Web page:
One bad decision: The harrowing tale of survival in the Cascades

SHORELINE, Wash. – Wally Fosmore said it came down to prayer, focus and 10 essentials to stay alive on Saturday night when he found himself trapped on the wrong side of the mountain snowshoeing from Scottish High Camp.

Immediately after taking out his cell phone to capture a picturesque view near the end of his snowshoe trail, Fosmore said everything changed.

“It’s like walking into the inside of a pillow case, it is just white,” he said. He was caught in the heart of a snow squall. His instincts told him his descent was coming up, but he wasn’t sure.

He snowshoed this pass near Leavenworth for 25 years, but it never looked like this.

“All it was lighting up was the snow,” he said, talking about his headlamp in the snow flurry. “It was like this big ball of snow lit.”

With the sun gone, his headlamp was made virtually useless. He pulled out his cell phone and called his son. It would be the last phone call he’d make before losing service for the night

“Dad is missing,” said Melody Fosmore, recalling the moment her son phoned. “I need his Apple ID and password so we can geo-track his phone,” she said he told her. Fosmore’s wife remembered every minute of the 30 hours after she learned the worse had happened.

“I knew that he was spending the night and that his life was in danger,” she said.

It would be his training as a scout leader and member of search and rescue teams, along with God’s grace that would save him, she said.

“It was huddle in prayer and wait,” she said.

Wally said when he finally got down to the base of the mountain where his son and a cabin should be waiting, he knew he had missed the mark. It was too late to check his compass, which may have helped him before the decent. He looked for shelter alongside the riverbank he would later follow to safety and found a textbook bivouac.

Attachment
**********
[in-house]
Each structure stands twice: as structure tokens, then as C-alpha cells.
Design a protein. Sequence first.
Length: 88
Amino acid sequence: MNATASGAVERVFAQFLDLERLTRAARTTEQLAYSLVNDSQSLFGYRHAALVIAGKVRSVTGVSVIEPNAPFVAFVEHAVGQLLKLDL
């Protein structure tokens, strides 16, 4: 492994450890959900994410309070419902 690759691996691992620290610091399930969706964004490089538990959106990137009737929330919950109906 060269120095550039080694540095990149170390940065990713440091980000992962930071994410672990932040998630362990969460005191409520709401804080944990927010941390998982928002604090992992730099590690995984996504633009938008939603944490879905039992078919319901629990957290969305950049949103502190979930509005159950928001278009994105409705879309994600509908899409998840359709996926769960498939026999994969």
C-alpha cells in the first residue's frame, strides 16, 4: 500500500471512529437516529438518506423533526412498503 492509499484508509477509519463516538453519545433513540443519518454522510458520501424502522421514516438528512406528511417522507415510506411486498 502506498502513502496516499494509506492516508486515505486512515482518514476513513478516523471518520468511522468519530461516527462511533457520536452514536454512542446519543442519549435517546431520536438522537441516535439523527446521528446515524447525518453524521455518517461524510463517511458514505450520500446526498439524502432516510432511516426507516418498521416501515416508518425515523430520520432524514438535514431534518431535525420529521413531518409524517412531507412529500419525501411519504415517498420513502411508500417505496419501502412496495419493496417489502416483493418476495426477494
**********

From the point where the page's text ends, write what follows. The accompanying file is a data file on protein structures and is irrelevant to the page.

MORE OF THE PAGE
It would be his job to stay awake and warm throughout the night.

“Finding that spot and finding that fuel and getting a fire built made the difference to whether I was alive in the morning,” he said.

The next day a search helicopter spotted Wally and dropping food, water, and a note to continue along the riverbank to meet rescuers. It meant hours of treading waist deep snow to be saved.

“Even though he had his wits about him and was making good decisions, he had to continue making one good decision after the next in order to stay alive,” said Melody Fosmore.

Just before the rescue mission was to be suspended for a second day, crews spotted Wally walking up a steep ridge. His lesson, he said, is the same one he has taught for many years.

“Be prepared for the worst thing that could happen and have what you need.”

His list of 10 essential items you need include:

    Fosmore said he would add a backup battery to the list to charge a cell phone. His battery died quickly with spotty service. He said you can never rely on a cell phone to save you, it should always be looked at as another tool.

    Fosmore said he won’t be snowshoeing that close to nightfall and will check weather reports closely for any winter advisories before heading out.